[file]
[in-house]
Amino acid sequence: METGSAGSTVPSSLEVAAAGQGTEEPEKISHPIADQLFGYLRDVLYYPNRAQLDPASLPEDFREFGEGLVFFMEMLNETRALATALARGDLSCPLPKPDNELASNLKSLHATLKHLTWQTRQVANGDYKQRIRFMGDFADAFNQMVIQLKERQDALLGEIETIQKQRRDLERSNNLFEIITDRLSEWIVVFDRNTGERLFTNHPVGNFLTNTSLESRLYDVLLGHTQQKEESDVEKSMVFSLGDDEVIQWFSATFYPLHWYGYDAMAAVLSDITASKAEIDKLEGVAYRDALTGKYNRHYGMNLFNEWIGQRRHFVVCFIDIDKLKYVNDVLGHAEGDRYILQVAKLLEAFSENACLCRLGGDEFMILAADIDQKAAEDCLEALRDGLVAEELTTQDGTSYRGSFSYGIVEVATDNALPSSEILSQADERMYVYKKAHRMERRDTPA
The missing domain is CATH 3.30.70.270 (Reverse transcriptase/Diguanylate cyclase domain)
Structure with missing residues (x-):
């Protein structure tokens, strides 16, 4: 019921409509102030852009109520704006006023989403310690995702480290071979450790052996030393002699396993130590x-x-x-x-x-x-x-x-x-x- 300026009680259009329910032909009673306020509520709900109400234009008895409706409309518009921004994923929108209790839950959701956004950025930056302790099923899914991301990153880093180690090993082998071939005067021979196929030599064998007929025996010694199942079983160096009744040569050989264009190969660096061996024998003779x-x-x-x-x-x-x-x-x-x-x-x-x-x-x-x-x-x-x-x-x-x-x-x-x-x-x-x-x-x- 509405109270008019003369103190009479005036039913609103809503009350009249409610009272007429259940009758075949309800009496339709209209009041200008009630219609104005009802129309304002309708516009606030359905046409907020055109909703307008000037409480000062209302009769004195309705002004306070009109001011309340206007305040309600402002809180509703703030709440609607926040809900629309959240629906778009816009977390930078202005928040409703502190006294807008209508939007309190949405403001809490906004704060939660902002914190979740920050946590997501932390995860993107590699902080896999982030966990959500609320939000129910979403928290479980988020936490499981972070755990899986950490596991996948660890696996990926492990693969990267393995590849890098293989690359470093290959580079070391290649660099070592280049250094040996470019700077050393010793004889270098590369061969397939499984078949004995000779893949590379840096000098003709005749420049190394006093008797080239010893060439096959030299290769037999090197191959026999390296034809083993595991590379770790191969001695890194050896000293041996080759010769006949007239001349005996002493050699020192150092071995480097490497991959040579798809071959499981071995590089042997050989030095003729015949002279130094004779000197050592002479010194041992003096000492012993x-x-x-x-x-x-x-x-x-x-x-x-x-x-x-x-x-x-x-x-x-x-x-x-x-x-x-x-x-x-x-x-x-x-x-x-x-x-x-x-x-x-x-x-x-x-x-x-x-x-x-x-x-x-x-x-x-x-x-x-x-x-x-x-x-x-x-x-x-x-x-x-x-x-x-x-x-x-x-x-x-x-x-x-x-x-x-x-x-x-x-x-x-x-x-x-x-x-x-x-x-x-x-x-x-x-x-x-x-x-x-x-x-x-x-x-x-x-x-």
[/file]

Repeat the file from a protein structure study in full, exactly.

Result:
[in-house]
Amino acid sequence: METGSAGSTVPSSLEVAAAGQGTEEPEKISHPIADQLFGYLRDVLYYPNRAQLDPASLPEDFREFGEGLVFFMEMLNETRALATALARGDLSCPLPKPDNELASNLKSLHATLKHLTWQTRQVANGDYKQRIRFMGDFADAFNQMVIQLKERQDALLGEIETIQKQRRDLERSNNLFEIITDRLSEWIVVFDRNTGERLFTNHPVGNFLTNTSLESRLYDVLLGHTQQKEESDVEKSMVFSLGDDEVIQWFSATFYPLHWYGYDAMAAVLSDITASKAEIDKLEGVAYRDALTGKYNRHYGMNLFNEWIGQRRHFVVCFIDIDKLKYVNDVLGHAEGDRYILQVAKLLEAFSENACLCRLGGDEFMILAADIDQKAAEDCLEALRDGLVAEELTTQDGTSYRGSFSYGIVEVATDNALPSSEILSQADERMYVYKKAHRMERRDTPA
The missing domain is CATH 3.30.70.270 (Reverse transcriptase/Diguanylate cyclase domain)
Structure with missing residues (x-):
């Protein structure tokens, strides 16, 4: 019921409509102030852009109520704006006023989403310690995702480290071979450790052996030393002699396993130590x-x-x-x-x-x-x-x-x-x- 300026009680259009329910032909009673306020509520709900109400234009008895409706409309518009921004994923929108209790839950959701956004950025930056302790099923899914991301990153880093180690090993082998071939005067021979196929030599064998007929025996010694199942079983160096009744040569050989264009190969660096061996024998003779x-x-x-x-x-x-x-x-x-x-x-x-x-x-x-x-x-x-x-x-x-x-x-x-x-x-x-x-x-x- 509405109270008019003369103190009479005036039913609103809503009350009249409610009272007429259940009758075949309800009496339709209209009041200008009630219609104005009802129309304002309708516009606030359905046409907020055109909703307008000037409480000062209302009769004195309705002004306070009109001011309340206007305040309600402002809180509703703030709440609607926040809900629309959240629906778009816009977390930078202005928040409703502190006294807008209508939007309190949405403001809490906004704060939660902002914190979740920050946590997501932390995860993107590699902080896999982030966990959500609320939000129910979403928290479980988020936490499981972070755990899986950490596991996948660890696996990926492990693969990267393995590849890098293989690359470093290959580079070391290649660099070592280049250094040996470019700077050393010793004889270098590369061969397939499984078949004995000779893949590379840096000098003709005749420049190394006093008797080239010893060439096959030299290769037999090197191959026999390296034809083993595991590379770790191969001695890194050896000293041996080759010769006949007239001349005996002493050699020192150092071995480097490497991959040579798809071959499981071995590089042997050989030095003729015949002279130094004779000197050592002479010194041992003096000492012993x-x-x-x-x-x-x-x-x-x-x-x-x-x-x-x-x-x-x-x-x-x-x-x-x-x-x-x-x-x-x-x-x-x-x-x-x-x-x-x-x-x-x-x-x-x-x-x-x-x-x-x-x-x-x-x-x-x-x-x-x-x-x-x-x-x-x-x-x-x-x-x-x-x-x-x-x-x-x-x-x-x-x-x-x-x-x-x-x-x-x-x-x-x-x-x-x-x-x-x-x-x-x-x-x-x-x-x-x-x-x-x-x-x-x-x-x-x-x-």